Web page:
Tuesday, April 26, 2016

A Little More Honesty Than We're Ready For

Ah, screw it. Let's just throw in the towel.

That's the pitch on climate change and Canada's bitumen bounty from CBC business scribe, Don Pittis.

The nub of the difficulty comes down to the seemingly inevitable conflict between the economy and climate change. The question the Liberal cabinet must ask itself is how much economic and political sacrifice it is willing to make to adhere to its international climate commitment.

There's a bigger question we must all ask ourselves. Is fighting climate change even possible, or to put it another way, are the economic sacrifices for the Canadian economy so great that we must ignore climate commitments and worry about jobs?

It was actually an op-ed in the Globe and Mail that made me focus on the question. The writer effectively proposes that despite the potential cost of "a warming planet and catastrophic climate change," economic growth demands that we continue to pump out carbon. Trying to do otherwise is futile.

For those who believe what the vast majority of scientists say — that climate change is caused by the industrial process of liberating millions of years of geologically trapped carbon into the atmosphere that will cause irreversible, "catastrophic," destruction to the planet — the economic case against climate change seems much more difficult.

The arguments are not new, but they come in a category that seems to say 'it's awful but there is just nothing we can do about it' and that optimism around limiting climate change is well-meaning but misguided.

This gloomy inevitability is supported by arguments that demonstrate our hands are tied, that economic growth can only happen in the presence of growing fossil fuel use, that if we stop some other country will just produce more, or that we have already gone too far and are doomed no matter what we do.

...If the scientists are right, then the carbon age must pass. And one or the other — African farmers or Alberta oil workers — will have to suffer economic consequences. The question is merely do governments have the political support to take action now or do we have to wait for some sort of greater crisis to concentrate people's minds and really prove the danger.

It is self-defeating to look at a global problem from a purely local perspective as Pittis and those he references obviously do. It is far worse to truncate the issue to the here and now, the next 10 to 15-years, and weigh it in that narrow, impossibly brief, "what's in it for me?" context.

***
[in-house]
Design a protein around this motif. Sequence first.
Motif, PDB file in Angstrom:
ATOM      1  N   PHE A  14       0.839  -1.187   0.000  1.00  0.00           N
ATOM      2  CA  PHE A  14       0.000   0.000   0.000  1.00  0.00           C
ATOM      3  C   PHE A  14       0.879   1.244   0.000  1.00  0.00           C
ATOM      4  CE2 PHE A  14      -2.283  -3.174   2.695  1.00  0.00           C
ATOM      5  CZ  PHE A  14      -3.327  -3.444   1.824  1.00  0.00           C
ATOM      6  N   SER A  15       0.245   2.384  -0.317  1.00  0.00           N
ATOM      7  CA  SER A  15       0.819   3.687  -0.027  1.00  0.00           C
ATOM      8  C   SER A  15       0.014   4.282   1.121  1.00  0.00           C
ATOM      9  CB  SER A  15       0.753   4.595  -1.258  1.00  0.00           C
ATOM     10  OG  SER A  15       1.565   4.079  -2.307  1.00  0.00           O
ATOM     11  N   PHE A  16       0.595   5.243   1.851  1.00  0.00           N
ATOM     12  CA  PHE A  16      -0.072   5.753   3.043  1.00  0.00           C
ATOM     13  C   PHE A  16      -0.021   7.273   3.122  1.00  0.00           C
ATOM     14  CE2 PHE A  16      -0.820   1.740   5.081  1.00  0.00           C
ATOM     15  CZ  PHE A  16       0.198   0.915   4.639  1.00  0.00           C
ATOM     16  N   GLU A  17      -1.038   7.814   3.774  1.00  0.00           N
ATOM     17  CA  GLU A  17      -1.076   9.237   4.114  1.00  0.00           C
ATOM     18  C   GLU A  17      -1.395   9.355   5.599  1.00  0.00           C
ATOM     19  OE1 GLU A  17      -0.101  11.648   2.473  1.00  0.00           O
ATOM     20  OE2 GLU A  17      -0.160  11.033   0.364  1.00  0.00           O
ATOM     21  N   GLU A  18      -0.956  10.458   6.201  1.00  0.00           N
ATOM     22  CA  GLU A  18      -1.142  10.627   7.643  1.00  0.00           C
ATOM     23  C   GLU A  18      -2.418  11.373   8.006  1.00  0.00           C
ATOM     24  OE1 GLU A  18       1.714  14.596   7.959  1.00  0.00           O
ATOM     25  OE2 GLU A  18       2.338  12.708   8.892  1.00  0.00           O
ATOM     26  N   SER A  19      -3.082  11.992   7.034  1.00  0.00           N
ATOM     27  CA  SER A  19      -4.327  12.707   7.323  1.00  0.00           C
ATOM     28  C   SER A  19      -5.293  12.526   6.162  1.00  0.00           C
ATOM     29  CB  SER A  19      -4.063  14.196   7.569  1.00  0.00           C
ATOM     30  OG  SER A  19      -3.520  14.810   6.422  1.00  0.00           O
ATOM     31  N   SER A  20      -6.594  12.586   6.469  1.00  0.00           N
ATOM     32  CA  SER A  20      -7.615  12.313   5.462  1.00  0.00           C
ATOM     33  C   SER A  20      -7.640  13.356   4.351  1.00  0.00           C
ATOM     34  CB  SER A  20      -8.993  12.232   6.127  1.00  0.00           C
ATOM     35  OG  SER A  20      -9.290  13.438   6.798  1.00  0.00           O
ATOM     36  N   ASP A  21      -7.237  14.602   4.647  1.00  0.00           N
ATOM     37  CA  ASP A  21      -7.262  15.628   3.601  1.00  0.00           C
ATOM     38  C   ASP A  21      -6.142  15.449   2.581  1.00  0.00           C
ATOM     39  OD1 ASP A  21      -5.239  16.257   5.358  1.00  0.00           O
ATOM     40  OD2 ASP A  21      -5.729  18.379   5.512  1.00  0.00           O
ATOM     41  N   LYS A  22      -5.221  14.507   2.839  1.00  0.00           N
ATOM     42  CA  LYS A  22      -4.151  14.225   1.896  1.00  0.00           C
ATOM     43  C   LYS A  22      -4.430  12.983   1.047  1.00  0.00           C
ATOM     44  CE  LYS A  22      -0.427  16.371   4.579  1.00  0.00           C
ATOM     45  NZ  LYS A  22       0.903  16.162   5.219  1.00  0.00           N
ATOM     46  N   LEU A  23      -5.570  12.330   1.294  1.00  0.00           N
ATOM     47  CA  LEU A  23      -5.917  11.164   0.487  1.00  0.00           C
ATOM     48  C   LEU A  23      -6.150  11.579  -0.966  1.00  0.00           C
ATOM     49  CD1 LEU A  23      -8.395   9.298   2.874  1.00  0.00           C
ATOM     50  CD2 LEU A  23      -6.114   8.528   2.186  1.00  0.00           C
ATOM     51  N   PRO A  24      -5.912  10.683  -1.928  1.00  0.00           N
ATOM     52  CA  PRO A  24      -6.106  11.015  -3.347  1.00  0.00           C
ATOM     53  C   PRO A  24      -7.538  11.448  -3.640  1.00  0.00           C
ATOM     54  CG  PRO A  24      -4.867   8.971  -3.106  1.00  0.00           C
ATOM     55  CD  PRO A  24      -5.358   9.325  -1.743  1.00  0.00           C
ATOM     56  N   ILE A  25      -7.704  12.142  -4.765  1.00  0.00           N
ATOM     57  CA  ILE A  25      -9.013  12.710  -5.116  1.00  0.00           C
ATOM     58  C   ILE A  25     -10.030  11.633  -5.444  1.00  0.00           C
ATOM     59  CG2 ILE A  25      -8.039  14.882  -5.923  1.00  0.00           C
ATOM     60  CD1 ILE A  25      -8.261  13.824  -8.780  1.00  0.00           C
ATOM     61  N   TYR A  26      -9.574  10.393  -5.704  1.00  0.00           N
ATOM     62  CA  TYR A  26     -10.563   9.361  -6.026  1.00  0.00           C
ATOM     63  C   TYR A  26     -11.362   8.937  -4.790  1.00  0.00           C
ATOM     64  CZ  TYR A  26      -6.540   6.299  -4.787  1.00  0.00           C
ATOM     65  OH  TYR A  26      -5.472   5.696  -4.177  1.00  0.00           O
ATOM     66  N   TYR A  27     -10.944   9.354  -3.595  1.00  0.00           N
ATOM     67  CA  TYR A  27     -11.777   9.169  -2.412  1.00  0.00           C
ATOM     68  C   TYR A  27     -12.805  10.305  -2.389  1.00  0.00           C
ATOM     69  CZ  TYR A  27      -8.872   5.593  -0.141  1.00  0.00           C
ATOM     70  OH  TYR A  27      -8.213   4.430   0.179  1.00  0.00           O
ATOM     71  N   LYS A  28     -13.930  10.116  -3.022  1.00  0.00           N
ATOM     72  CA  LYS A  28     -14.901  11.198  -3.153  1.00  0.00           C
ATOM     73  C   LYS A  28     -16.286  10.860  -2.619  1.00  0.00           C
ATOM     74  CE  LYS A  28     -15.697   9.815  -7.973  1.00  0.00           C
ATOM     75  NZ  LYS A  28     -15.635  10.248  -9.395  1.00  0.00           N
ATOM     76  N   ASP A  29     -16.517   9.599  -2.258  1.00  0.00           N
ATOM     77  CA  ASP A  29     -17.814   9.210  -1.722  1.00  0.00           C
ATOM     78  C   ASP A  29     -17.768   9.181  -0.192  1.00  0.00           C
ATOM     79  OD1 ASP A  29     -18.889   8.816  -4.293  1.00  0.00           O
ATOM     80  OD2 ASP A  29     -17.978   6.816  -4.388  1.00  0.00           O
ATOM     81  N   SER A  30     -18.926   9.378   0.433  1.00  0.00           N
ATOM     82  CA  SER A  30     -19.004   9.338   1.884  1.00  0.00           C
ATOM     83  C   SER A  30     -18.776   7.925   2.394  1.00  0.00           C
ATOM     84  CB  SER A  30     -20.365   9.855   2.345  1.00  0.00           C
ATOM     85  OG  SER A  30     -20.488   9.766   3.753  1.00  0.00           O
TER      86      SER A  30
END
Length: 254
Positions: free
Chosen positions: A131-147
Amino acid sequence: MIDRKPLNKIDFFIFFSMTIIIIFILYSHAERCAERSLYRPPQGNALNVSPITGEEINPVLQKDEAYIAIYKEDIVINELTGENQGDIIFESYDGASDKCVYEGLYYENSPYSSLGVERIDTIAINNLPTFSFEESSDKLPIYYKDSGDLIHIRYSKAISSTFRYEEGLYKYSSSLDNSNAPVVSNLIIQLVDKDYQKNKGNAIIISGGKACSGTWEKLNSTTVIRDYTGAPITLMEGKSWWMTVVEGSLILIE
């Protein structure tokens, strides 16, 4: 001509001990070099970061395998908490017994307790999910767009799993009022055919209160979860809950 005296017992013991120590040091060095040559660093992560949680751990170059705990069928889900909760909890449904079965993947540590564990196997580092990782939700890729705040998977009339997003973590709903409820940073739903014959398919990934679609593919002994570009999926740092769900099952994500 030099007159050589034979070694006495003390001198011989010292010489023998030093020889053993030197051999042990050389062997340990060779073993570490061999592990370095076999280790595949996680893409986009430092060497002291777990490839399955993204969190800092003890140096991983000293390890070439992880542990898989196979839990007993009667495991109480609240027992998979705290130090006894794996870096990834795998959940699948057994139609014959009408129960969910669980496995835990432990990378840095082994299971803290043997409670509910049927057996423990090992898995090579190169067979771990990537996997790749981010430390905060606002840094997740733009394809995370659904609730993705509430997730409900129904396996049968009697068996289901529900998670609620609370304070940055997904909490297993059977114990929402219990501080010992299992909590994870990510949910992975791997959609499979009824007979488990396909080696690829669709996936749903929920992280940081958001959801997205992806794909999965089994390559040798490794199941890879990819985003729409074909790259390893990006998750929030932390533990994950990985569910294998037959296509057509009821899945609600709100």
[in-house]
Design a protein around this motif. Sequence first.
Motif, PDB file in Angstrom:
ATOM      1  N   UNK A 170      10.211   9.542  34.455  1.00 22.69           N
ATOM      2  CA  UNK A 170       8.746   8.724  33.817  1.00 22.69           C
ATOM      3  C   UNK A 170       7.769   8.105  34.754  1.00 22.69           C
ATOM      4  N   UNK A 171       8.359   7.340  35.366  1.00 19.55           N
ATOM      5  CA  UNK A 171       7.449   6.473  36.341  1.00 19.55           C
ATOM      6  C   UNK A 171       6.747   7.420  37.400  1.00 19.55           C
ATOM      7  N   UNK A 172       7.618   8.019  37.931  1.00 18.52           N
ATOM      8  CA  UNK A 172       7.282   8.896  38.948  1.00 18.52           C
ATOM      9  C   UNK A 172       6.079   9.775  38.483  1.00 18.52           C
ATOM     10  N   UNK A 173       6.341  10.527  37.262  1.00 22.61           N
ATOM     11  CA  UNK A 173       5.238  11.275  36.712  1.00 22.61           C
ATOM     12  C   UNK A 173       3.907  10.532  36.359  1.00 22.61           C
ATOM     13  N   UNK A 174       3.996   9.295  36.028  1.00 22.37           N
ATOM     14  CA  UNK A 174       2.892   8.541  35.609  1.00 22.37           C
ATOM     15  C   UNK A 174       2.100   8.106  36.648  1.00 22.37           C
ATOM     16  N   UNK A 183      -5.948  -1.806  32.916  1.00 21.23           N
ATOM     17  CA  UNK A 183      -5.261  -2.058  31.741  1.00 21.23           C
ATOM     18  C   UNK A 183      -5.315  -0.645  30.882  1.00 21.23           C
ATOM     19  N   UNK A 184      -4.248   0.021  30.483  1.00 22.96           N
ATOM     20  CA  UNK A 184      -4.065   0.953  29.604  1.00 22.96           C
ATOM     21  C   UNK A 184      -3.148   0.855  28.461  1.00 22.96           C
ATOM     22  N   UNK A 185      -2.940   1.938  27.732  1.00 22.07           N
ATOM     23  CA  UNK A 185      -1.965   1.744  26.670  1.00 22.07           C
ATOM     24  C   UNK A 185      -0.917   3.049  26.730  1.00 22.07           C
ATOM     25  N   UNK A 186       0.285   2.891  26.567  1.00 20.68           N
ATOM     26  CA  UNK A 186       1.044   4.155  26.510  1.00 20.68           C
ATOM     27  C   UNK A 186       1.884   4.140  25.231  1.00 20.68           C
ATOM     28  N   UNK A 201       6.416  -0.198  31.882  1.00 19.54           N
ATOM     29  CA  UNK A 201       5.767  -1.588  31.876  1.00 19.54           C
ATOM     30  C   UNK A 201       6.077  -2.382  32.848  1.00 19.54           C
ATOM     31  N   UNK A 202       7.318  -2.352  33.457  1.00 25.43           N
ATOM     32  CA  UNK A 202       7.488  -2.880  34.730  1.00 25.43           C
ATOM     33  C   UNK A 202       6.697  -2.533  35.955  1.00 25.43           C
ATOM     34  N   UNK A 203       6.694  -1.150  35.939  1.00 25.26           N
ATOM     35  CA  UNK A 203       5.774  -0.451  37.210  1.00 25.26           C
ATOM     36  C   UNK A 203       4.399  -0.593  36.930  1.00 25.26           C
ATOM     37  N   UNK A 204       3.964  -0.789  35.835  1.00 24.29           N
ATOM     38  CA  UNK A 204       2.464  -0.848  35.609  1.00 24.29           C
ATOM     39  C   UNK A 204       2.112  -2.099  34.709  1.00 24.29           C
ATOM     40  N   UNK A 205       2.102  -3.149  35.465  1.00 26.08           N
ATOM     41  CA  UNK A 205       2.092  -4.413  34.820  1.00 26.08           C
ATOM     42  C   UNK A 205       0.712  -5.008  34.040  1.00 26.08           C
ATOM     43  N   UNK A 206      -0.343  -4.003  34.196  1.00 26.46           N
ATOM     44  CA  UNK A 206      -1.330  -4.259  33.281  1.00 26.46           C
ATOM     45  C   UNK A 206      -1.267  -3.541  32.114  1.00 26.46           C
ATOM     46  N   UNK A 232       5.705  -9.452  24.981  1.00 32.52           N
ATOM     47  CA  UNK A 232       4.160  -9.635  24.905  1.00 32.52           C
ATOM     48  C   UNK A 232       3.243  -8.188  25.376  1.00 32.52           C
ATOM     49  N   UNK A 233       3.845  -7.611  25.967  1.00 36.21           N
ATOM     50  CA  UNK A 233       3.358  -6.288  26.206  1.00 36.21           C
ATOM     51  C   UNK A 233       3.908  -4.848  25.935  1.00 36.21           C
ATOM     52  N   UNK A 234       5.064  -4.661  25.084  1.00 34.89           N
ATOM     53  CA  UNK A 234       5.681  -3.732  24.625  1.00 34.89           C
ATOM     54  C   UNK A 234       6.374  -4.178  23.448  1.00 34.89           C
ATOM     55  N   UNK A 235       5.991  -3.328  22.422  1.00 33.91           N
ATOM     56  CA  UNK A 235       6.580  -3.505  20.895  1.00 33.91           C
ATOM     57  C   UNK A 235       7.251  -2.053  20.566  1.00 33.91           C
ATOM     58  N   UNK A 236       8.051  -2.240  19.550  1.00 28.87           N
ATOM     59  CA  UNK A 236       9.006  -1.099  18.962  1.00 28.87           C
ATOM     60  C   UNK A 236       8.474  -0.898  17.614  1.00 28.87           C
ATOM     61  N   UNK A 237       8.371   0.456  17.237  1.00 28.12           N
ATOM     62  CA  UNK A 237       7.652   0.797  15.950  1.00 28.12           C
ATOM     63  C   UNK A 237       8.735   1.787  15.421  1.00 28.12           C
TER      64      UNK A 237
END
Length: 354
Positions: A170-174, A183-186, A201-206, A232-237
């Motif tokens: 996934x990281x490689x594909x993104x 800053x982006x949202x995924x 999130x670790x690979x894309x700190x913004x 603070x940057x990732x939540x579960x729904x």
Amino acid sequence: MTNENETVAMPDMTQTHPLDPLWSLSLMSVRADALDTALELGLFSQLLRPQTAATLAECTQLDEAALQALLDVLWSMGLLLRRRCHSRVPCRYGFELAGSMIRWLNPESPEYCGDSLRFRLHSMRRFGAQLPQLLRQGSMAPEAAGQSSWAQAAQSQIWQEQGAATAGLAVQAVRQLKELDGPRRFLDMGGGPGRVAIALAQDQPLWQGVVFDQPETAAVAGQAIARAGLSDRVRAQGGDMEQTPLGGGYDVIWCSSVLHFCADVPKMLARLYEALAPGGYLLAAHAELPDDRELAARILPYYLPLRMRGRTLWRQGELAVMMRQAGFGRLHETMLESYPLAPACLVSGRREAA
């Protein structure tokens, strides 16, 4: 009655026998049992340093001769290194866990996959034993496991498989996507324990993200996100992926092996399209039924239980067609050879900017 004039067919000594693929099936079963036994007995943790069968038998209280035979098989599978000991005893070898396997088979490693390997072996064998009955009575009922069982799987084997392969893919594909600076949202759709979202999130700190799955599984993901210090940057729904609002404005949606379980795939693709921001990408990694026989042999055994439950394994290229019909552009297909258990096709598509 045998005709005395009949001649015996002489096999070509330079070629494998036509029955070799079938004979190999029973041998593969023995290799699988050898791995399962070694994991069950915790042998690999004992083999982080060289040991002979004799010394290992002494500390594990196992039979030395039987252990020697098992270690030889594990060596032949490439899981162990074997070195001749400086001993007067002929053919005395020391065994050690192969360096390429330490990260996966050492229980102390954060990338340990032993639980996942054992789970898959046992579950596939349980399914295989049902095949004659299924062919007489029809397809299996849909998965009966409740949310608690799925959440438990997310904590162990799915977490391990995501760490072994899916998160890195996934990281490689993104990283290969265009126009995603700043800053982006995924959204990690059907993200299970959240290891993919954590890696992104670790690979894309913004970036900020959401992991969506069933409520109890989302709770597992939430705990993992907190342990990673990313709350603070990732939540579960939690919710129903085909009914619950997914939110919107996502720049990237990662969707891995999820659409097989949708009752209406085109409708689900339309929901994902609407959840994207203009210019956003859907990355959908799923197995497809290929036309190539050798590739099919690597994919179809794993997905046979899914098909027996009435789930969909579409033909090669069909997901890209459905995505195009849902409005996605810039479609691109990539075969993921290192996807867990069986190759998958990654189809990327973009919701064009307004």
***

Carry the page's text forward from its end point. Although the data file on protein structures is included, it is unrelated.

We need to accept climate change as a global problem, one in which Canada is not so much advantaged as less disadvantaged, less vulnerable to climate change impacts than most other nations. We may have to accept some consequences: retreat from the rising sea; severe weather events of increasing frequency, intensity, duration and destructiveness; a certain degree of economic and social dislocation. That, however, will pale compared to the dystopian future we are bequeathing to less latitudinally-advantaged, poorer and more vulnerable nations and their people around the world. If we faced what they face - apocalypse - we would not be having this rather craven, heel-dragging debate.

Even within our own narrow context we need to see climate change in a wider field of view. It's not just about us, you and me. It's about our kids and the kids they may have and just how hellish a Canada we leave to them. For a lot of what they've got coming, the horse has already left the barn. They will have to adapt to damage and loss we have caused and cannot realistically hope to undo.

Here's the thing that you won't find mentioned in the funny papers, the business section. We still have in our power the ability to make the future vastly worse than it need be. Let's duck the subject - kaching, kaching. Let's drag out the "debate" about the reality of climate change - kaching, kaching. Let's fiddle with some false equivalency between our ease and comfort and prosperity versus their survival with their interests very heavily discounted to near irrelevance - kaching, kaching. Tally it all up. Your granddaughter will pick up the tab.

1 comment:

Anonymous said...

"economic growth demands that we continue to pump out carbon"

So say those who know jack shit about economics.

The tar-sands employ 100,000 people. The tar-sands dollar killed 500,000 manufacturing jobs during the 2000s.

"Economists" said the people who lost good-paying manufacturing jobs found jobs elsewhere. The corollary is that the dirty-energy jobs out in the middle of nowhere can be replaced with better jobs.

The federal government doesn't have to shut down the tar-sands. They don't have to fast-track their pipelines either.

Fact is, the world is going to shut down the tar-sands. It's only a matter of time. They are the poster-child for filthy energy. Might as well consider them dead already and start planning for a green-energy future. That is the actual economic reality.